Wednesday, December 3, 2008

Extra Credit

The New York Times reported here (you may need to register to see it) that the costs of college are rising too high for the average American family.

The story caught the attention of The Delaware Libertarian, which posted a story about it here. Here's a little snippet of what they said:

"Ultimately each individual is responsible for their own higher education. But it should never be beyond reach for anyone willing to apply themselves and work hard."

While I would agree with that statement to a point, I think that it is important to focus on the real problem at the center of this issue: America has a worsening obsession with college and it's causing irreparable damage to our nation and our economy. A half-century ago, very few people went to college straight out of high school. The American economy of the 1940s and 1950s depended upon well-educated, well-skilled young adults coming almost completely out of a public educational system who could then learn (usually on the job) how to make, fix, install, and construct almost everything imaginable. Those who did go to college did so with a clear understanding of why they were there and exactly what they would do when they got out. They became the engineers, the architects, the teachers, and the research and development scientists who made the decisions and plans that were carried out by the massive numbers of skilled hands coming out of the well-organized systems of community public schools. Was it an elitist pyramid? Yes, certainly. Did it work? You bet your iPod it did!

Today we have almost two entire generations of Van Wilders, a teeming workforce that casually saunters into the "real world" not from high school after twelve or thirteen years of purposive schooling, but from sixteen to twenty years of sub-par and unfocused academic underachievement. The result is a nation of mostly inept managers who have a very limited supply of skilled workers to follow their doltish instructions and bring about their myopic plans.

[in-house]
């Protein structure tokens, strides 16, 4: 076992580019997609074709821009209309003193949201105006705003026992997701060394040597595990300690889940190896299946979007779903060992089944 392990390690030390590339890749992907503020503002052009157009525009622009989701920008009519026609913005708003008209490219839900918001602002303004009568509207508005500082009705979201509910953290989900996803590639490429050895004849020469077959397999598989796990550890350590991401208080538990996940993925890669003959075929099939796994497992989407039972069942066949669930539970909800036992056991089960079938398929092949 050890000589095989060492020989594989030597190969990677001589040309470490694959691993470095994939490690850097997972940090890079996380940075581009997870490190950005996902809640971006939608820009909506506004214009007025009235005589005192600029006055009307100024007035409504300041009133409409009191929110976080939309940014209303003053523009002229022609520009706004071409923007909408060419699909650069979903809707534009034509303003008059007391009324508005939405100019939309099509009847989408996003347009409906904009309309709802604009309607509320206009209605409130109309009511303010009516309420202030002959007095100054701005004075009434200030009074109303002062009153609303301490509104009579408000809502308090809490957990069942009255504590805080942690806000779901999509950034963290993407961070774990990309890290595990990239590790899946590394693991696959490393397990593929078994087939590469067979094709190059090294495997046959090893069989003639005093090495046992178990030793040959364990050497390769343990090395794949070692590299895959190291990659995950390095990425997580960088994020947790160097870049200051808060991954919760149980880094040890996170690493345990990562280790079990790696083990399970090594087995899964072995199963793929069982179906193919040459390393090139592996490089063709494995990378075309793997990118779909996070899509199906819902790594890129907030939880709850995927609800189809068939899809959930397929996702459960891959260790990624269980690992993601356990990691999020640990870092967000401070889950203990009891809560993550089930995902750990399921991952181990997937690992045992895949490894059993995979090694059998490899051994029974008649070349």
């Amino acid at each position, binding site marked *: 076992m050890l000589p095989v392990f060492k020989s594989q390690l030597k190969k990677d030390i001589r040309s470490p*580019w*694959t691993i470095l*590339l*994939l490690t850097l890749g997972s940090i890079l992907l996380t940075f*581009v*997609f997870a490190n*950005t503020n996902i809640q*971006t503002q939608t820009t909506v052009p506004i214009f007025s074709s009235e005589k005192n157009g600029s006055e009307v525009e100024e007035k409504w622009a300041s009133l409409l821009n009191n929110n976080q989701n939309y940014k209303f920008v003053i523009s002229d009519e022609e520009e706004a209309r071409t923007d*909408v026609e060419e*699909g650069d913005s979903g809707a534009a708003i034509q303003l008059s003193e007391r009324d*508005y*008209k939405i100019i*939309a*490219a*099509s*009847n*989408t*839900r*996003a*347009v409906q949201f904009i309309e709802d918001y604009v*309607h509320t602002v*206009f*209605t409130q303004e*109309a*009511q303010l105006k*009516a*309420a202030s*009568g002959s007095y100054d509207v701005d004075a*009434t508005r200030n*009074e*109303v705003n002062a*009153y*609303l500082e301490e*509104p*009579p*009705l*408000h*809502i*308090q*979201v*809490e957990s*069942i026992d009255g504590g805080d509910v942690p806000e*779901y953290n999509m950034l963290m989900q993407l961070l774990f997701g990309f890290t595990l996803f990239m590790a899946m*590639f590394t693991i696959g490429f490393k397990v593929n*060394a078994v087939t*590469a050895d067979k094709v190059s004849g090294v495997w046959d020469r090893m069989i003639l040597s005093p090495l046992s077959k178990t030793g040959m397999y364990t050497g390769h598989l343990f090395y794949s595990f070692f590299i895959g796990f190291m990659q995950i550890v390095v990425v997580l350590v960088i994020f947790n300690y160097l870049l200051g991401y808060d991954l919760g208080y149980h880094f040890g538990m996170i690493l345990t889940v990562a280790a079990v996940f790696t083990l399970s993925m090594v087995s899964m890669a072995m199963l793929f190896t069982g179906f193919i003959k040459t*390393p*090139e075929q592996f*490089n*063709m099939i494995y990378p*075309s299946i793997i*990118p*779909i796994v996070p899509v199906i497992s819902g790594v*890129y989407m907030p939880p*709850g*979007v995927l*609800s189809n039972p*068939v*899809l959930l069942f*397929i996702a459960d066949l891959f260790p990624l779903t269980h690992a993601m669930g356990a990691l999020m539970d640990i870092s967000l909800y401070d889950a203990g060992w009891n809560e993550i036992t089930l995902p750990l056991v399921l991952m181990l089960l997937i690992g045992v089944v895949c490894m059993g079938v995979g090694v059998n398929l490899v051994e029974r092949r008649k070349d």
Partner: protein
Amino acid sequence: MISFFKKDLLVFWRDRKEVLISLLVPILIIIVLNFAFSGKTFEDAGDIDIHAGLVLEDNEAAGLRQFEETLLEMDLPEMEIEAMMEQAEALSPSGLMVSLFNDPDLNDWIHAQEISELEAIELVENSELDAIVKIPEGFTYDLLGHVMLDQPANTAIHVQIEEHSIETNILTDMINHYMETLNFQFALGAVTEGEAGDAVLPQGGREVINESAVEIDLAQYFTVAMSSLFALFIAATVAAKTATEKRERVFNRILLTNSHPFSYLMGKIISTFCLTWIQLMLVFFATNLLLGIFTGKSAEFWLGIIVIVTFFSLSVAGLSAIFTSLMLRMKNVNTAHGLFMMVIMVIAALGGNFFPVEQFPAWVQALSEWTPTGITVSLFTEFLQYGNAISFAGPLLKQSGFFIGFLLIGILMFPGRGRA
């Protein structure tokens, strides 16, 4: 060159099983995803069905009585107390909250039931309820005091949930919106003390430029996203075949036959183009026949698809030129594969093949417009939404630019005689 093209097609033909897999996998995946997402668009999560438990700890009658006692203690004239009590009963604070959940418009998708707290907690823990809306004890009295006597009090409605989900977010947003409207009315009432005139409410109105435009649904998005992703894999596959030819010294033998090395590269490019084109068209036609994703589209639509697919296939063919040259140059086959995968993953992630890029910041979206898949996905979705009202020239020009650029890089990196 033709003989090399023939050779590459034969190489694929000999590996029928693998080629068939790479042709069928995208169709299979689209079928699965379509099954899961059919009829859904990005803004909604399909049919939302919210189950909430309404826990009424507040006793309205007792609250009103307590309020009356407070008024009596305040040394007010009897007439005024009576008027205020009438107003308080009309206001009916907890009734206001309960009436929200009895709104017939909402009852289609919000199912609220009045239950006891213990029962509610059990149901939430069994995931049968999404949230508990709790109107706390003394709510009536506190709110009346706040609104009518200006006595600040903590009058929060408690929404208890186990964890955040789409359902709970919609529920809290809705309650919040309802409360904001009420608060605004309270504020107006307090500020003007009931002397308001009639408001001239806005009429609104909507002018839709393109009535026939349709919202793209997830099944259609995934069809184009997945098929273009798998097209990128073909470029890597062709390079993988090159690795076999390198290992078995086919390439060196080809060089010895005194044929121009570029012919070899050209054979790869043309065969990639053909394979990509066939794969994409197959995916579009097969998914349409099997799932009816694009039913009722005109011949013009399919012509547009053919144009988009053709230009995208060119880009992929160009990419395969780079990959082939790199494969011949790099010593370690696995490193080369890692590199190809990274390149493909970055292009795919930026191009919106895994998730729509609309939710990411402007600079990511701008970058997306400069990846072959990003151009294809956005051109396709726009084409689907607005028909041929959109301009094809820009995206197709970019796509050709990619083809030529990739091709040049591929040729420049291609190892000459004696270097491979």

Now, without a doubt, there are plenty of students who buck this trend and truly make something of their time in college. Typically, though, these students unnecessarily end up in graduate school as a way to stand out from the crowd of average college grads and the American economy doesn't get the grace of their work and skill until they are more than 25 years old. I was, admittedly, a part of this very problem. By that time, their bumbling peers have managed to scrounge up enough "professional work experience" to land ahead of these people in the corporate game of life and end up "middle managing" the creativity and innovation right out of our last hope for global economic dominance.

The concept of equal opportunity, or equity, is a fundamental and necessary one as a truly free society. Everyone should hold the same hope of achievement as an individual, regardless of his or her race, color, creed, or any other involuntary trait. That said, I'm not sure that the Bill of Rights actually says "the right to go to college, no matter one's grades or vocational goals (if any), shall not be abridged."

Really, though, we as an American people (and as parents of the next generations of Americans) need to recognize being "just a high school graduate" is truly alright and is not a bad thing for a person to be. In all this fretting over the costs of college, I see the very making of the economic crisis that lies right in our laps. We can't just all sell insurance to one another and expect that our economy will boom. We need and use things, not services, and some-where some-one has to make some-thing in order for our modern society to live. And if we want a bright and shiny future for our kids, that some-one had better be them.

Instead of a nation of Van Wilders, let's make a nation of Will Huntings: young, independent-minded blue-collar laborers who can, through their own hard work and the support of solid public systems (free libraries, free public schools) choose their own fate and be proud of their own daily successes, whether in the factory or in the white house.

1 comment:

Delaware Watch said...

Do you really think that we could be competitive in a global economy w/o having at least as many students in college as we do today?

While I agree that not everyone should attend college, I think that the right to a college (not a mandate) should be available to every citizen. Why not?